- Ponce de Leon A, Amabile-Cuevas C, Benitez A. In vitro activity of tigecycline and other antimicrobial drugs against selected pathogens isolated in Mexico. Clin Microbiol Infect. 2008;14:S611.View ArticleGoogle Scholar
- Tiemersma EW, Bronzwaer SL, Lyytikäinen O, et al. Methicillin-resistant Staphylococcus aureus in Europe, 1999–2002. Emerg Infect Dis. 2004;10:1627–34.View ArticlePubMedPubMed CentralGoogle Scholar
- Brugnaro P, Fedeli U, Pellizzer G, et al. Clustering and risk factors of methicillin-resistant Staphylococcus aureus carriage in two Italian long-term care facilities. Infection. 2009;37:216–21.View ArticlePubMedGoogle Scholar
- Atilano MAG, Pena AC, Chua JA, Coronel R. Prevalence of methicillin-resistant Staphylococcus aureus and methicillin-resistant coagulase negative Staphylococcus in a tertiary hospital. Phil J Microbiol Infect Dis. 2001;30:126–32.Google Scholar
- Ontengco D, Baltazar L, Santiago R, Matias R, Isaac C, Tuazon A. Methicillin-resistant Staphylococcus aureus isolates from Filipino patients (1999-2003). Phil J Microbiol Infect Dis. 2004;33:105–10.Google Scholar
- Hsueh P-R, Chen W-H, Teng L-J, Luh K-T. Nosocomial infections due to methicillin-resistant Staphylococcus aureus and vancomycin-resistant enterococci at a university hospital in Taiwan from 1991 to 2003: resistance trends, antibiotic usage and in vitro activities of newer antimicrobial agents. Int J Antimicrob Agents. 2005;26:43–9.View ArticlePubMedGoogle Scholar
- Sauer P, Síla J, Štosová T, et al. Prevalence of genes encoding extracellular virulence factors among methicillin-resistant Staphylococcus aureus isolates from the University Hospital, Olomouc, Czech Republic. J Med Microbiol. 2008;57:403–10.View ArticlePubMedGoogle Scholar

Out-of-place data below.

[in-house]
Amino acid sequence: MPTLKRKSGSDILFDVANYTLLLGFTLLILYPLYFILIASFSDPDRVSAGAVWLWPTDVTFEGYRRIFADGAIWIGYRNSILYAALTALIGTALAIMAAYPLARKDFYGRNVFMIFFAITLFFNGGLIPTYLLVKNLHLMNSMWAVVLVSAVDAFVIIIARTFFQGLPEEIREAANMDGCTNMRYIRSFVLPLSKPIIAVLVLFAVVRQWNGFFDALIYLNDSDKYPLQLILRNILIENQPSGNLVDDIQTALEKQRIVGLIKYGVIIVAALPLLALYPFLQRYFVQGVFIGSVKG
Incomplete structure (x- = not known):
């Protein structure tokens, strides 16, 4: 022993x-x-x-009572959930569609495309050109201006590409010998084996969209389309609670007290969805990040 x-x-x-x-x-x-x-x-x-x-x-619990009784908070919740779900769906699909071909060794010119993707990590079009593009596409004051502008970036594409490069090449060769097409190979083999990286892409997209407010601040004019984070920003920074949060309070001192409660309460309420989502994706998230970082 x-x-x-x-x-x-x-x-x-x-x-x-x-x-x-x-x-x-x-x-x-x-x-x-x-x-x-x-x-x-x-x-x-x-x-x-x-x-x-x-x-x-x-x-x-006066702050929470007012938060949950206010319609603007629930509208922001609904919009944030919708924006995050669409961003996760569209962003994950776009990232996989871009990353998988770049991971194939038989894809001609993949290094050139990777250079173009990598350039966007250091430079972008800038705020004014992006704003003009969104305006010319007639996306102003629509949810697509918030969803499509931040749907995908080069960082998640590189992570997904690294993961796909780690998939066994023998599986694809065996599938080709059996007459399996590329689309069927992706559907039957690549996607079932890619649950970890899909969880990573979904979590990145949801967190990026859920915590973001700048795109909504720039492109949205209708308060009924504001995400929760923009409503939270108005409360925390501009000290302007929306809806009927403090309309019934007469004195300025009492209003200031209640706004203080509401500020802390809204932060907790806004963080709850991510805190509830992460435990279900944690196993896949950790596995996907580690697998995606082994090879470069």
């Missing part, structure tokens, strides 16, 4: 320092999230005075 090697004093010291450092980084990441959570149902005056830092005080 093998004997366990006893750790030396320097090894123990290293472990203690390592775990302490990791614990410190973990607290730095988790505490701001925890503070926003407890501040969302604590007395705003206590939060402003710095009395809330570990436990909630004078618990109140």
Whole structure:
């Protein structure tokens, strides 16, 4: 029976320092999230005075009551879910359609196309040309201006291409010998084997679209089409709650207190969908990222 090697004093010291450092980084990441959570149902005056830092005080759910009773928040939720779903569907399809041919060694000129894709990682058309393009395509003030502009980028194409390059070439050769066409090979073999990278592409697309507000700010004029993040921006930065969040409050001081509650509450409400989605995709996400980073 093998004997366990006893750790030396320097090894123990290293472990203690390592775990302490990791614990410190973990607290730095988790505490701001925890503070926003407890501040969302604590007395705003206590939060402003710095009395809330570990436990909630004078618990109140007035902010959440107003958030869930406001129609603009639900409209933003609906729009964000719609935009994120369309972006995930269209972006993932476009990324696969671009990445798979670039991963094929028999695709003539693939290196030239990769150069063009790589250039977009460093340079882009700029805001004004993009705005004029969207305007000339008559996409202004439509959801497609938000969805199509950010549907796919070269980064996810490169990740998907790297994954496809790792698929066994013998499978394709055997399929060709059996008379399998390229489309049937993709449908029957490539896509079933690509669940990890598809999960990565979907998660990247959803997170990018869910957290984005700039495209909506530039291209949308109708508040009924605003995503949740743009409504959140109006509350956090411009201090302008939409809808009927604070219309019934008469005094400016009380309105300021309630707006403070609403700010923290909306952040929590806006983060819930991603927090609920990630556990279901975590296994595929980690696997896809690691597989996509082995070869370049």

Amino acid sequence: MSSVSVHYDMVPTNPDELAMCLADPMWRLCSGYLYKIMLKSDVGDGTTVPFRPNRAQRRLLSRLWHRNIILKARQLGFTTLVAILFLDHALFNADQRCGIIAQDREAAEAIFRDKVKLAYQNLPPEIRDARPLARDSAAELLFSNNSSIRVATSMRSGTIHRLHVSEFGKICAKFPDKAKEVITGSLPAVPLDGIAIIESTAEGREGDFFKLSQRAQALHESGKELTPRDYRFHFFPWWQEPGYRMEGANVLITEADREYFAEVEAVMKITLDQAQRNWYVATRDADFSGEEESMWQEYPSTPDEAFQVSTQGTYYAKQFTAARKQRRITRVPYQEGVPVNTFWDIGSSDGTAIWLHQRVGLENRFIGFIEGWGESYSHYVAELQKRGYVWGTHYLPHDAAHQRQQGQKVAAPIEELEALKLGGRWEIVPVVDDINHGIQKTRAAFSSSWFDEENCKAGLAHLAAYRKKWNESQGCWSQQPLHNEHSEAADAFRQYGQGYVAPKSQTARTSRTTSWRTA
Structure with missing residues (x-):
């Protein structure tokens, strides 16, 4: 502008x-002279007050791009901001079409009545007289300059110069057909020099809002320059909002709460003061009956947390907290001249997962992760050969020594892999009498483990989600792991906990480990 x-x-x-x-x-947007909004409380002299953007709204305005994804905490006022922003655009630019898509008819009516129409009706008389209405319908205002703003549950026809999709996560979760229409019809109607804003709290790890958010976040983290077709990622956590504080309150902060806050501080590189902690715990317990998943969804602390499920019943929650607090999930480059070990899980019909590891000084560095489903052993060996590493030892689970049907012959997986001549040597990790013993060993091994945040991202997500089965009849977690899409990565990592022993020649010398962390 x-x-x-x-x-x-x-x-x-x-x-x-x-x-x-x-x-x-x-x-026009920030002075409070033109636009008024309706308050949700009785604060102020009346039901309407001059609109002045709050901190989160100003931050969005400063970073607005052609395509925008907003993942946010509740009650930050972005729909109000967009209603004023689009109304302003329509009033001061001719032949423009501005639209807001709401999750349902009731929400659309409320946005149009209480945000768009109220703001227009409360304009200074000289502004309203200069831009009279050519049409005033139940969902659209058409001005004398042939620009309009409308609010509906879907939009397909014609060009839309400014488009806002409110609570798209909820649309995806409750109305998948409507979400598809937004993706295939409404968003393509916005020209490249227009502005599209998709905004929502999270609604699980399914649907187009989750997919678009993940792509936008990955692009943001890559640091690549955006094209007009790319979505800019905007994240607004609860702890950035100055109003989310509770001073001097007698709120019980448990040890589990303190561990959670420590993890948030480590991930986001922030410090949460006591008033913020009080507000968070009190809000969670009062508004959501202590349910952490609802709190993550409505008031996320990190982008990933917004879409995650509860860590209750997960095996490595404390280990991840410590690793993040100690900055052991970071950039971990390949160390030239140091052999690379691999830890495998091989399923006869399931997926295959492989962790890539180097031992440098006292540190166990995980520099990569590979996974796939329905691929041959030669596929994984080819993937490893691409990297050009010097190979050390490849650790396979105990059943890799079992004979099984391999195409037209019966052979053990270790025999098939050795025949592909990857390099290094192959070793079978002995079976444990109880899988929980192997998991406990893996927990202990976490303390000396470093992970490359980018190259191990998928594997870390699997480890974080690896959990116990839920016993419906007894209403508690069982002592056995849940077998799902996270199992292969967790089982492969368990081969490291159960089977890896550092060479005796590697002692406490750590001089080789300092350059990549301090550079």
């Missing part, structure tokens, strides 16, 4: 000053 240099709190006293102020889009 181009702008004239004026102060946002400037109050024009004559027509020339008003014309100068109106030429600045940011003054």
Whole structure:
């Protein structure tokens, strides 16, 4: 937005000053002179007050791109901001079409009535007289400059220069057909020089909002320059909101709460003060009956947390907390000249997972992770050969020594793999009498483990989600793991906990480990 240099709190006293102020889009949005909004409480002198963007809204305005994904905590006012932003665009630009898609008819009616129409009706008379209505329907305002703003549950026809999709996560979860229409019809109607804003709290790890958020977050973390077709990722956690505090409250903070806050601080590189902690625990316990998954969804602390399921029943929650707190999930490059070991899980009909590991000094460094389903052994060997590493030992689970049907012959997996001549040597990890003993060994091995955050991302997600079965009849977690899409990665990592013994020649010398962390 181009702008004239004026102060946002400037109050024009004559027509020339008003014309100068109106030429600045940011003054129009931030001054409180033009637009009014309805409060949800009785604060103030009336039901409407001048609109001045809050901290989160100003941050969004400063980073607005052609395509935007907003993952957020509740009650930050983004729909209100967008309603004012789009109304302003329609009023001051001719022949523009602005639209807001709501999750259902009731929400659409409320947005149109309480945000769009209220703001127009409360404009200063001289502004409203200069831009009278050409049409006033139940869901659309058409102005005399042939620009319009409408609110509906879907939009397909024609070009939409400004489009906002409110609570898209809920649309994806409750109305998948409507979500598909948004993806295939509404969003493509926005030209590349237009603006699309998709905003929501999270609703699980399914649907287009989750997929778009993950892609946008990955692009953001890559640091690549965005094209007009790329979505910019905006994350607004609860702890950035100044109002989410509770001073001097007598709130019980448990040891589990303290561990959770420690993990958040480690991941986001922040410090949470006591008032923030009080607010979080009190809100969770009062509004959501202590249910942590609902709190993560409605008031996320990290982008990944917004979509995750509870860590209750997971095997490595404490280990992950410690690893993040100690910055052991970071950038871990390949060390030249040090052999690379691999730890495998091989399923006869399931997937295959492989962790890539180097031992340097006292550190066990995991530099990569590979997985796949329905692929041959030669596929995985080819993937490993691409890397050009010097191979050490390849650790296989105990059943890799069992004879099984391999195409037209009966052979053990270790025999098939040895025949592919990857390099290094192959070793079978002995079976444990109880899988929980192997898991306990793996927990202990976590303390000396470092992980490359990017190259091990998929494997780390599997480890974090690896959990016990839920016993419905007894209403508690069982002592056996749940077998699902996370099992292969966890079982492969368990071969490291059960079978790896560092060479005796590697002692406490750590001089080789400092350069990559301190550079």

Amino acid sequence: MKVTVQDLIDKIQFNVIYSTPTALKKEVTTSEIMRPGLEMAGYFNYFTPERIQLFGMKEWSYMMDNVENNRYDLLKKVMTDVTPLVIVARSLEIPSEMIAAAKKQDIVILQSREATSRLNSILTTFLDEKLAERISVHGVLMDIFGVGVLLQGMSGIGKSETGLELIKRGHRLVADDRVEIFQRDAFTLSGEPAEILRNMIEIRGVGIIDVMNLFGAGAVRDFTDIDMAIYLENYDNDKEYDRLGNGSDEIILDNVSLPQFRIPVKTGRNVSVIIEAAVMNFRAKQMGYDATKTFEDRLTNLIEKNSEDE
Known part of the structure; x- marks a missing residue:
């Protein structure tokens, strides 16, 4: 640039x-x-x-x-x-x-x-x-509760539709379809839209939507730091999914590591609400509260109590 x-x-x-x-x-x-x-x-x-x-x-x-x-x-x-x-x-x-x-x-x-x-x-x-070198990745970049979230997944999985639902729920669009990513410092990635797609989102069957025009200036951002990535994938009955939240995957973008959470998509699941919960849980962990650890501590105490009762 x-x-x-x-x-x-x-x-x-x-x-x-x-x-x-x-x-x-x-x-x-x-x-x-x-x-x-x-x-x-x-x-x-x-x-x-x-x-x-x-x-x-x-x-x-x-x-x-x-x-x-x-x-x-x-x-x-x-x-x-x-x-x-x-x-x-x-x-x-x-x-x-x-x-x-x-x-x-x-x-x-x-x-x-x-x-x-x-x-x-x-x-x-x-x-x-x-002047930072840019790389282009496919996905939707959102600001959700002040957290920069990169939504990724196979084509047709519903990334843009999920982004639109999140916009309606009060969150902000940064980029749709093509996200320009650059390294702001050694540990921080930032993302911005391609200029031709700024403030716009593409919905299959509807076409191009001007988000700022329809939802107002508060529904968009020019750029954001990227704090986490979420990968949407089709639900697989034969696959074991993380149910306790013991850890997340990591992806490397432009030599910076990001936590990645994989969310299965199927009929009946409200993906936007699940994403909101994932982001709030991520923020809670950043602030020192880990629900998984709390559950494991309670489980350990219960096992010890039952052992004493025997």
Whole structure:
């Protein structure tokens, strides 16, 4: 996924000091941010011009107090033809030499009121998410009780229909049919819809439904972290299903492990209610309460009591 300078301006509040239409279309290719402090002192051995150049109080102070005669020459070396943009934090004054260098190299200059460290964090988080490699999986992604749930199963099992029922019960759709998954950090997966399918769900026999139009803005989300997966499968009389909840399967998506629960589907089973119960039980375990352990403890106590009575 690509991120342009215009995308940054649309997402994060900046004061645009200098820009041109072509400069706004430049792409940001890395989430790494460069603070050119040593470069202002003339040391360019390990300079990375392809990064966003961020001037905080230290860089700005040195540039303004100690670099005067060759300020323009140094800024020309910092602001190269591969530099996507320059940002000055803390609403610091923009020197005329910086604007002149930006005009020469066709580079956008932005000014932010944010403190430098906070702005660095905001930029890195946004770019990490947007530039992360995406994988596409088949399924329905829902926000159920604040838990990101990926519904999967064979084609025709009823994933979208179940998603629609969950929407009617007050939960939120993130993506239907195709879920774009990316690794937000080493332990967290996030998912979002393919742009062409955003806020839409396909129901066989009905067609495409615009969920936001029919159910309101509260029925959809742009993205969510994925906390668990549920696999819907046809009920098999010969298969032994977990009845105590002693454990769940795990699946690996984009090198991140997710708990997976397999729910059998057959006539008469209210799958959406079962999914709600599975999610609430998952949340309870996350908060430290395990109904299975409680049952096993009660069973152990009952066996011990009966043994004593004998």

- Liu M, Liu J, Guo Y, Zhang Z. Characterization of virulence factors and genetic background of Staphylococcus aureus isolated from Peking University People’s Hospital between 2005 and 2009. Curr Microbiol. 2010;61:435–43.View ArticlePubMedGoogle Scholar
- Sancak B, Ercis S, Menemenlioğlu D, Çolakoğlu Ş, Hasçelik G. Methicillin-resistant Staphylococcus aureus heterogeneously resistant to vancomycin in a Turkish university hospital. J Antimicrob Chemother. 2005;56:519–23.View ArticlePubMedGoogle Scholar
- Tsiodras S, Gold HS, Sakoulas G, et al. Linezolid resistance in a clinical isolate of Staphylococcus aureus. Lancet. 2001;358:207–8.View ArticlePubMedGoogle Scholar
- Akpaka PE, Kissoon S, Rutherford C, Swanston WH, Jayaratne P. Molecular epidemiology of methicillin-resistant Staphylococcus aureus isolates from regional hospitals in Trinidad and Tobago. Int J Infect Dis. 2007;11:544–8.View ArticlePubMedGoogle Scholar
- Kocsis E, Lagler H, Pesti N, et al. Comparison of Austrian, Hungarian and Macedonian methicillin-resistant and methicillin-sensitive Staphylococcus aureus strains in relation to prevalence of cytotoxin genes. Microb Pathog. 2009;46:328–36.View ArticlePubMedGoogle Scholar
- Szmigielski S, Prevost G, Monteil H, Colin D, Jeljaszewicz J. Leukocidal toxins of staphylococci. Zentralbl Bakteriol. 1999;289:185–201.View ArticlePubMedGoogle Scholar
- Seybold U, Kourbatova EV, Johnson JG, et al. Emergence of community-associated methicillin-resistant Staphylococcus aureus USA300 genotype as a major cause of health care-associated blood stream infections. Clin Infect Dis. 2006;42:647–56.View ArticlePubMedGoogle Scholar
- David M, Daum R. Community-associated methicillin-resistant Staphylococcus aureus: epidemiology and clinical consequences of an emerging epidemic. Clin Microbiol Rev. 2010;23:616–87.View ArticlePubMedPubMed CentralGoogle Scholar
- Rodríguez-Noriega E, Seas C. The changing pattern of methicillin-resistant Staphylococcus aureus clones in Latin America: implications for clinical practice in the region. Braz J Infect Dis. 2010;14:87–96.View ArticleGoogle Scholar